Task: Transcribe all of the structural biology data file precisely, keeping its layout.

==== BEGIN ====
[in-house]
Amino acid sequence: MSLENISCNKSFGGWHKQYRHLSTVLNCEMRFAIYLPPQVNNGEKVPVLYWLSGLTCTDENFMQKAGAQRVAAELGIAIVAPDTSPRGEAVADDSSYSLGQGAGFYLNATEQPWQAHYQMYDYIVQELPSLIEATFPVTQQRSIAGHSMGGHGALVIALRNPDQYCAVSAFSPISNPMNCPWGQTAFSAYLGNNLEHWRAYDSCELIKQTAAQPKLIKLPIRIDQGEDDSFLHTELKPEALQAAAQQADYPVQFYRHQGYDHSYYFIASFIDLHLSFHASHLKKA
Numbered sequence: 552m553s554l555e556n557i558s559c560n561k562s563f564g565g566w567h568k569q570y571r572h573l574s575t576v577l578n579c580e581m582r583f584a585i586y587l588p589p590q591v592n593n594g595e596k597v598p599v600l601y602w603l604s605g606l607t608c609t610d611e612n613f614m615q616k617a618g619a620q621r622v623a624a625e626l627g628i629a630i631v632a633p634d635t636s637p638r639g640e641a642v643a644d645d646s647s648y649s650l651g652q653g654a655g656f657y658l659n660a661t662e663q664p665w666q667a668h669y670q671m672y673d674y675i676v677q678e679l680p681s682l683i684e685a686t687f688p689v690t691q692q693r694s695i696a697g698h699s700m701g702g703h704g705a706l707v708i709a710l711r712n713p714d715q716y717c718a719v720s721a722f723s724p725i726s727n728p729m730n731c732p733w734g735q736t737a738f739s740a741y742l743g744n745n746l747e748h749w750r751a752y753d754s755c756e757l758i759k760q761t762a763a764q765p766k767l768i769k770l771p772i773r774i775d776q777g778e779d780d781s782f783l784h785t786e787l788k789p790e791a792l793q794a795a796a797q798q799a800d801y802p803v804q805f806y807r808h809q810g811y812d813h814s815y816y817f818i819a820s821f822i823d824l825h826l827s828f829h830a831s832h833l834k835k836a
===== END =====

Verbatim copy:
[in-house]
Amino acid sequence: MSLENISCNKSFGGWHKQYRHLSTVLNCEMRFAIYLPPQVNNGEKVPVLYWLSGLTCTDENFMQKAGAQRVAAELGIAIVAPDTSPRGEAVADDSSYSLGQGAGFYLNATEQPWQAHYQMYDYIVQELPSLIEATFPVTQQRSIAGHSMGGHGALVIALRNPDQYCAVSAFSPISNPMNCPWGQTAFSAYLGNNLEHWRAYDSCELIKQTAAQPKLIKLPIRIDQGEDDSFLHTELKPEALQAAAQQADYPVQFYRHQGYDHSYYFIASFIDLHLSFHASHLKKA
Numbered sequence: 552m553s554l555e556n557i558s559c560n561k562s563f564g565g566w567h568k569q570y571r572h573l574s575t576v577l578n579c580e581m582r583f584a585i586y587l588p589p590q591v592n593n594g595e596k597v598p599v600l601y602w603l604s605g606l607t608c609t610d611e612n613f614m615q616k617a618g619a620q621r622v623a624a625e626l627g628i629a630i631v632a633p634d635t636s637p638r639g640e641a642v643a644d645d646s647s648y649s650l651g652q653g654a655g656f657y658l659n660a661t662e663q664p665w666q667a668h669y670q671m672y673d674y675i676v677q678e679l680p681s682l683i684e685a686t687f688p689v690t691q692q693r694s695i696a697g698h699s700m701g702g703h704g705a706l707v708i709a710l711r712n713p714d715q716y717c718a719v720s721a722f723s724p725i726s727n728p729m730n731c732p733w734g735q736t737a738f739s740a741y742l743g744n745n746l747e748h749w750r751a752y753d754s755c756e757l758i759k760q761t762a763a764q765p766k767l768i769k770l771p772i773r774i775d776q777g778e779d780d781s782f783l784h785t786e787l788k789p790e791a792l793q794a795a796a797q798q799a800d801y802p803v804q805f806y807r808h809q810g811y812d813h814s815y816y817f818i819a820s821f822i823d824l825h826l827s828f829h830a831s832h833l834k835k836a